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Derek Poore/CNET

Only a few years ago, the smart speaker delivered home automation tech to the average consumer. Now, companies like Google and Amazon are further honing their products by bringing screens into the mix. The latest evolution: Google’s Nest Hub Max.

While the Nest Hub Max is in many ways just a bigger version of its sibling — last year’s Nest Hub — the Max brings a few exciting new features to your countertop. Here are the six coolest things you can do with Google’s new smart display.

Make the Max your personal camera person

The biggest feature the Nest Hub Max boasts over its little sibling is a 6.5-megapixel camera. Among other things, that means you can make video calls with it. What’s more, as you chat with that uncle in Oklahoma, the camera can use its 127-degree field of vision to follow your face around the room, keeping you zoomed-in and in-frame. While this face-tracking feature isn’t revolutionary (Facebook’s Portal does the same thing) and it does raise some privacy concerns, it’s nice to have video chats that are both hands-free and mobile — as long as you stay in the general field of view.

Make Google Assistant your secretary

Another benefit of Hub Max’s facial recognition technology is personalized, proactive notifications. You’ll start by using your phone to create a face model that the device can use to recognize you. When it does, you’ll be able to tap on the screen to see personalized bits of info like calendar appointments and Google Duo video messages from your family and friends.

The feature worked well when we tested it, but it sometimes took an extra second or so for the device to register that the person it recognized had stepped away, meaning someone could walk up afterward and still see personal information on display. Still, it does feel a little futuristic to walk into your kitchen each morning, only to have Google Assistant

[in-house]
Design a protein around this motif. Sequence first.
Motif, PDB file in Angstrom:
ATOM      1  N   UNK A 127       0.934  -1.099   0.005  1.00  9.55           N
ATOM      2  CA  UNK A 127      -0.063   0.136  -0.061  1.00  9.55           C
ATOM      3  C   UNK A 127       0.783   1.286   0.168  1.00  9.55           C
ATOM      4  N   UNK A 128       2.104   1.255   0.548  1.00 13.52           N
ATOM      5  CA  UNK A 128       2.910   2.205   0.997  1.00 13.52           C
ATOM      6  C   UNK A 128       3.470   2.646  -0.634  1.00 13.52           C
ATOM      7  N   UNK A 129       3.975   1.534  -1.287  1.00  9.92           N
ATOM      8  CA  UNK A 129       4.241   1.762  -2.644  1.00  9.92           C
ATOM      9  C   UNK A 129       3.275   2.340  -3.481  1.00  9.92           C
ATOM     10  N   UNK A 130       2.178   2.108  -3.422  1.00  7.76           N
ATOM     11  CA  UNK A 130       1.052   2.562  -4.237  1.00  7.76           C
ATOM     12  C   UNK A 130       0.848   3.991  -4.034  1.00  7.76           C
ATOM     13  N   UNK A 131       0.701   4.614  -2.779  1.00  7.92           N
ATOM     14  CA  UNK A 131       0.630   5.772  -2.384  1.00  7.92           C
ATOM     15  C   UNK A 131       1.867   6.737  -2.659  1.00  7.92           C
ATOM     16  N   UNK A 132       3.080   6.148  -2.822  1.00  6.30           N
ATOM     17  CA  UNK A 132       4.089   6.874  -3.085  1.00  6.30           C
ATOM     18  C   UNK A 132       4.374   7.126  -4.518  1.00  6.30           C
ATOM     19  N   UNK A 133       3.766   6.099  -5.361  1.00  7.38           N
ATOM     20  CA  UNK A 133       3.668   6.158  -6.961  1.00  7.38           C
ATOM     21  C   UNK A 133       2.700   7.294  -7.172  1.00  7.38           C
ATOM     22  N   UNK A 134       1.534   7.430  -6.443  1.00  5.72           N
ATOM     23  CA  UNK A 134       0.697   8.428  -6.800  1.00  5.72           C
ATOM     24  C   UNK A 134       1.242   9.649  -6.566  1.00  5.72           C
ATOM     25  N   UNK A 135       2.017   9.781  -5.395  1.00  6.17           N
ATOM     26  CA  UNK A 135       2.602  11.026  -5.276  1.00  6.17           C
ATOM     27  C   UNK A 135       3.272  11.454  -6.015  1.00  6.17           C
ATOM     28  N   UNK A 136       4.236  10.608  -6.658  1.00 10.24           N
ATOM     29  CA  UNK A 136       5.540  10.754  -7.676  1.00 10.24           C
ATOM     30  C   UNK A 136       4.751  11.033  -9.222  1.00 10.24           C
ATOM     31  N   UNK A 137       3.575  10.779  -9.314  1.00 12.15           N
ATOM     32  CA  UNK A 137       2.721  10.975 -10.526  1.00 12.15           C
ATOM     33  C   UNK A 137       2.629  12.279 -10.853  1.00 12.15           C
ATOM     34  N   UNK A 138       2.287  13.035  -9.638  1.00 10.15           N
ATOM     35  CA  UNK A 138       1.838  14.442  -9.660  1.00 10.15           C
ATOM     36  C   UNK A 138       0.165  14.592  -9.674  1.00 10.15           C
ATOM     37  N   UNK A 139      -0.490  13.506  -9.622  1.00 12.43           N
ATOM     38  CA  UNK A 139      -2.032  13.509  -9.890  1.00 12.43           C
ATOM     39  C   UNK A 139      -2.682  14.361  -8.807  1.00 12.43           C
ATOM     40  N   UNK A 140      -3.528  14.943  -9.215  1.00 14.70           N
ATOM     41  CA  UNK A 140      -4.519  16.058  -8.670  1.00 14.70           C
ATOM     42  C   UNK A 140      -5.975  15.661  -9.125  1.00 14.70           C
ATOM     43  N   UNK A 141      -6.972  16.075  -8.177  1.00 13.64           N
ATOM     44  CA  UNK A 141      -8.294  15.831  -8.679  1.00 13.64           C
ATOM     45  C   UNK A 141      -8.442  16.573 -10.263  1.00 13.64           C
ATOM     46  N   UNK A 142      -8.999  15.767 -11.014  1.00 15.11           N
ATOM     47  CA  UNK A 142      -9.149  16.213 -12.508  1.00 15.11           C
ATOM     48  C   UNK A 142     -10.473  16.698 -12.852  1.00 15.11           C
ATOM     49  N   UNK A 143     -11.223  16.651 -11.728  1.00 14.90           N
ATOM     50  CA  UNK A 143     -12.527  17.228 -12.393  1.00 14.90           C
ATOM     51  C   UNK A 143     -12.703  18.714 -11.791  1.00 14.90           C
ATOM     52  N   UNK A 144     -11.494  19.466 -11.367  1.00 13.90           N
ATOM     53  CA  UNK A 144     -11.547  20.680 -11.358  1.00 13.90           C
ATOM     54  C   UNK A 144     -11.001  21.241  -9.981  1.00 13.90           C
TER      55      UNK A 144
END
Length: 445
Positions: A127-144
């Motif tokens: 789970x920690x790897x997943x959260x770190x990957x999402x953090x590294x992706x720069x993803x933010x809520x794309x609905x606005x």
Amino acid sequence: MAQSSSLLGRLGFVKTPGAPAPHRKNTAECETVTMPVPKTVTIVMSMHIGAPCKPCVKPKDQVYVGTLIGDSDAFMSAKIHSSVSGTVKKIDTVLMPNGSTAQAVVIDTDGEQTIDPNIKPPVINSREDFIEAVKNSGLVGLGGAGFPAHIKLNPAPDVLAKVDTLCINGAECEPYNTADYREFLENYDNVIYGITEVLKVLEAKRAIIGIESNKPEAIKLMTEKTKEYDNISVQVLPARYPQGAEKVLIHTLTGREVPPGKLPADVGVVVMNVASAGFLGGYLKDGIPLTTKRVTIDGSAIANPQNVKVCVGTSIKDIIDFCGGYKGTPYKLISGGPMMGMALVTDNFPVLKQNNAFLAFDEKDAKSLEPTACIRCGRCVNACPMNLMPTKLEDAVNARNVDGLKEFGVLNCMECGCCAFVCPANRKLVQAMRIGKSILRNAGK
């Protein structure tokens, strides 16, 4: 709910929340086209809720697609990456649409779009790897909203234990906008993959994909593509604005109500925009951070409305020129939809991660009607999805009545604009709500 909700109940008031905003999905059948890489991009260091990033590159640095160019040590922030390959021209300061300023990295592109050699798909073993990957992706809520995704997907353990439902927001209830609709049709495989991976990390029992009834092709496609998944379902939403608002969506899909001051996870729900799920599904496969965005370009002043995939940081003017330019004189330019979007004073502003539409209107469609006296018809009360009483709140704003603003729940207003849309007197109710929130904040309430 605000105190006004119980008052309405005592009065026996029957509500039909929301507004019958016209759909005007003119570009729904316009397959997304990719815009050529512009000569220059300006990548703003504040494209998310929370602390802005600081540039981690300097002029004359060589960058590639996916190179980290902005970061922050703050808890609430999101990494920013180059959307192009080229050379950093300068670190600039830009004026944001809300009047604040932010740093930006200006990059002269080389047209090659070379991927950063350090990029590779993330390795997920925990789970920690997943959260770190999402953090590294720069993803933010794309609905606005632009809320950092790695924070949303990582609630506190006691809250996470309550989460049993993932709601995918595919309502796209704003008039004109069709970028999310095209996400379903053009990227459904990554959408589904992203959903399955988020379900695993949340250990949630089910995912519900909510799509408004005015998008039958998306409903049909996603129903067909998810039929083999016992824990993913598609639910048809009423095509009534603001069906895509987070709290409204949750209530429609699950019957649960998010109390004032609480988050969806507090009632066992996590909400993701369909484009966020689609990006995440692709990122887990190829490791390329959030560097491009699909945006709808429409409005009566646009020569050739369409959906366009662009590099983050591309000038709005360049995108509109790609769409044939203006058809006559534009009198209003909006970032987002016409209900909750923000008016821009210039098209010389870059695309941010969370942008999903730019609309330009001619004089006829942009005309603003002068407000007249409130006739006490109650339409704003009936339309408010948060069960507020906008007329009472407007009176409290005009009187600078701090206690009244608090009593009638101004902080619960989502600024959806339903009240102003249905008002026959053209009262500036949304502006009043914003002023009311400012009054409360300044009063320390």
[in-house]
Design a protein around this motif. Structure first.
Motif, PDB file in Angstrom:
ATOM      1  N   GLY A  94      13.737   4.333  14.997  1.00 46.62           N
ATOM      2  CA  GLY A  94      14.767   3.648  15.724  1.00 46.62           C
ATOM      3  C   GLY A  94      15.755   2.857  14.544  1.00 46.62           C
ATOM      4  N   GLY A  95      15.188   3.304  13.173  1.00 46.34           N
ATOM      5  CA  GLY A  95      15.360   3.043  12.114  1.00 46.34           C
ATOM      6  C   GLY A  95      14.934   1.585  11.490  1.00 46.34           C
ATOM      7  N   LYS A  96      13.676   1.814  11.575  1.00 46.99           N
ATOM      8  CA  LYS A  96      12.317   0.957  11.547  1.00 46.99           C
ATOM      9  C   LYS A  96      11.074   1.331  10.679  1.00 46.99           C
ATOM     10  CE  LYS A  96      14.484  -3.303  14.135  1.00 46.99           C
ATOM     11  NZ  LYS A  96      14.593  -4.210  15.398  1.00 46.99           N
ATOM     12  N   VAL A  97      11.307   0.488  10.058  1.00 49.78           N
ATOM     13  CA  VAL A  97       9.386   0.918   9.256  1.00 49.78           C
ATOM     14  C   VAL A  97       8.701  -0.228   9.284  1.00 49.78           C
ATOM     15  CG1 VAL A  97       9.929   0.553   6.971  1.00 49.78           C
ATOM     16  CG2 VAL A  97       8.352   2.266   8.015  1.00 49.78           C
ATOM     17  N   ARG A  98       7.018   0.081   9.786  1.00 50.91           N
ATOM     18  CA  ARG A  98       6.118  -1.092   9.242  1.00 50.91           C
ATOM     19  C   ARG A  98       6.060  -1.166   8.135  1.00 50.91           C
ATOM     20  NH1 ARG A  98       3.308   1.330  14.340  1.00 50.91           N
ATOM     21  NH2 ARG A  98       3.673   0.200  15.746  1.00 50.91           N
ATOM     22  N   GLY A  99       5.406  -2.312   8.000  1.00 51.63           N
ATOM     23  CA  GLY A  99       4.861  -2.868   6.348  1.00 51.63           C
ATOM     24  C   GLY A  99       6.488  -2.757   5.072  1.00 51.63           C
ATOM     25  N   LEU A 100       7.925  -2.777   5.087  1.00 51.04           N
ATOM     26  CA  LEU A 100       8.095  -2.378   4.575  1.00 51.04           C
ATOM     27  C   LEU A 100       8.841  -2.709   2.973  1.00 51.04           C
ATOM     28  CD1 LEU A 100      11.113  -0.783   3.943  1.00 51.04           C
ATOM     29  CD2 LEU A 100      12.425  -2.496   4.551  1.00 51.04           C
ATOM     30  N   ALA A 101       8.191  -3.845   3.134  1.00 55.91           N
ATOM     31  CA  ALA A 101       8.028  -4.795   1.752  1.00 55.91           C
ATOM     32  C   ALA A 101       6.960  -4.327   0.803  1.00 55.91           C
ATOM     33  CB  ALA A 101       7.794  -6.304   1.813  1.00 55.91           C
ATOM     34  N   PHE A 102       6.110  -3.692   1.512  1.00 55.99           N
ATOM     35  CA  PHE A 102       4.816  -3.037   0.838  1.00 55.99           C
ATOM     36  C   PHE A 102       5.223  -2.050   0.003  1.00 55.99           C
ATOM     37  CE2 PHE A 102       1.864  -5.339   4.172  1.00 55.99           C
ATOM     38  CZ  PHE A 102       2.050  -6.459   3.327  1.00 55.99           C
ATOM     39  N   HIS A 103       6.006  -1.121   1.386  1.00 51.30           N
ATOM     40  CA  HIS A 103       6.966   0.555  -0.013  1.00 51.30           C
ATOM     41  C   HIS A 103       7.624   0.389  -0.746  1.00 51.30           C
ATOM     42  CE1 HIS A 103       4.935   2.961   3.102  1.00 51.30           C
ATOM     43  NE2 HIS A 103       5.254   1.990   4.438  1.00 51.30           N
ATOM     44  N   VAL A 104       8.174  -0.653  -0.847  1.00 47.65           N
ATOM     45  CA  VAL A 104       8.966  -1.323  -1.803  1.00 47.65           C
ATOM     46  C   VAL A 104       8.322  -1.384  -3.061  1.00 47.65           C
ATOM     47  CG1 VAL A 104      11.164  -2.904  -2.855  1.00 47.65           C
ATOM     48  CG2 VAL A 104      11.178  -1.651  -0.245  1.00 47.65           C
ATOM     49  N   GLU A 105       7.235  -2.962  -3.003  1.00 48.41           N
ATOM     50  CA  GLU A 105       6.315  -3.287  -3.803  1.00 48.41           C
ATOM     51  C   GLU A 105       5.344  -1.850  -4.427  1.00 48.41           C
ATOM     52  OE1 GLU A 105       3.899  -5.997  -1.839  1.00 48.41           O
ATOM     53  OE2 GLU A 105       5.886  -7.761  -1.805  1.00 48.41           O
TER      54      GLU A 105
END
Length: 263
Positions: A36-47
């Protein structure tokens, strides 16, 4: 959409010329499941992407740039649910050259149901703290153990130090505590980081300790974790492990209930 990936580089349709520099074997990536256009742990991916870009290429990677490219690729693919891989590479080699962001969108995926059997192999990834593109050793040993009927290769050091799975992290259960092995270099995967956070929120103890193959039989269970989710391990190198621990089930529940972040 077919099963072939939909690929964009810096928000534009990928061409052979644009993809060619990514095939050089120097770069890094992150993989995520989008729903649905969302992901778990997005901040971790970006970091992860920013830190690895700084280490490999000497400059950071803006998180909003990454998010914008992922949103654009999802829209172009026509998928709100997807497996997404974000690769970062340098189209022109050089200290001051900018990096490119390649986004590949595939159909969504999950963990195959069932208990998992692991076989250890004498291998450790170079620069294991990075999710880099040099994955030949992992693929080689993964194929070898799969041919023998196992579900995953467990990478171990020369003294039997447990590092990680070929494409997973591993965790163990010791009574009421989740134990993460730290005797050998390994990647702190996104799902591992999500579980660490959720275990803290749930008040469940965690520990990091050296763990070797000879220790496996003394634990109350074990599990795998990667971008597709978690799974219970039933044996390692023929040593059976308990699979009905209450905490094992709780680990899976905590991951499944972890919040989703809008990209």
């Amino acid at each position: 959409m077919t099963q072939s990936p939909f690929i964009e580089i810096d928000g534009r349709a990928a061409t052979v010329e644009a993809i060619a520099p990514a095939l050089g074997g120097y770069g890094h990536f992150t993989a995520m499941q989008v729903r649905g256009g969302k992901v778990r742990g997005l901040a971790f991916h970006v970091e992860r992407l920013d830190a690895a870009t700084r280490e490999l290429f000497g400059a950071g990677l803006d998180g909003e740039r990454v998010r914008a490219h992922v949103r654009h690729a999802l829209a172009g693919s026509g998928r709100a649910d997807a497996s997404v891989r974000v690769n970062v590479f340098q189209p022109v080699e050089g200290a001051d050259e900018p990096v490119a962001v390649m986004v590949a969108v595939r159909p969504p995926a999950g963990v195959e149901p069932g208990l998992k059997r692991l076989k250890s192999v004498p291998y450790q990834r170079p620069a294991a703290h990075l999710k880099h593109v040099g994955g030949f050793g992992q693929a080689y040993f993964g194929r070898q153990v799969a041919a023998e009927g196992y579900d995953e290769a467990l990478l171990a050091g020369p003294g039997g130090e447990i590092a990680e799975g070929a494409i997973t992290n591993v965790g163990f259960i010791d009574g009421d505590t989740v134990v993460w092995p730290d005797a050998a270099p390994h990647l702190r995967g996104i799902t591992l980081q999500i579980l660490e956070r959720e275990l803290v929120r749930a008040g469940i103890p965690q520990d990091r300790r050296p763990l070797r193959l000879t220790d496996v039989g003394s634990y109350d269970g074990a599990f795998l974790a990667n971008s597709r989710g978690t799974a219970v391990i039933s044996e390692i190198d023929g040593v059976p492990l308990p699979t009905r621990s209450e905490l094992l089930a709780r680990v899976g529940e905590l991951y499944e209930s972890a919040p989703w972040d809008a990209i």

remind you of a 10 o’clock coffee meeting you scheduled and forgot about two months ago.

Make the Hub Max read your body language

Anyone with a smart speaker or display knows the risks of using it to blast music: When you want to turn it down again, you either have to yell for Google over the music during a lull or just get up and hit the button yourself. Luckily, for times like those, the Nest Hub Max can be silenced with a waved hand. Sure, right now the gesture control is limited to pausing and playing music — and the receptivity gets spotty beyond a small range — but this could be a promising first step toward more versatile home hubs ($129 at Walmart) that are easier to interact with.

Stream YouTube, Star Trek or Game of Thrones

That’s right: the Nest Hub Max comes with native YouTube streaming, plus it can stream HBO and CBS All Access shows (Disclaimer: CBS is CNET’s parent company). Having access to recipe videos while you’re cooking, or just playing shows or videos in the background, is one of the most obvious ways to put a smart display to use, and the 10-inch screen is a good fit for casual viewing. The only bummer — no Netflix or Hulu.


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Make the Hub Max a security cam

A few years ago, Google bought the home automation company Nest, a maker of thermostats and security cameras. Now Google is bringing those security smarts to its new smart display. With the Nest app, the Hub Max can not only monitor your room, but it can also set security zones on the feed. That means you can track certain areas of the room — say, a doorway or window — for motion. When someone walks through the door, the Nest app will notify you. While features like this won’t stand in for a full-service security system, perks like the Max Hub’s up the ante on Echo features like Alexa Guard.

Make your centerpiece smart and pretty

One of the subtler features the Nest Hub Max brings to the table — or the mantle — is its ambient EQ lighting. Essentially, the smart display adjusts its color temperature, contrast and brightness to match the ambient lighting in the room. The idea is that way, rather than looking like a tacky intrusion on your shelf, the Nest Hub Max can blend well with other photos and decorative pieces, and it won’t blind you with a screen that’s way too bright when it’s dark out, either.

source: cnet.com

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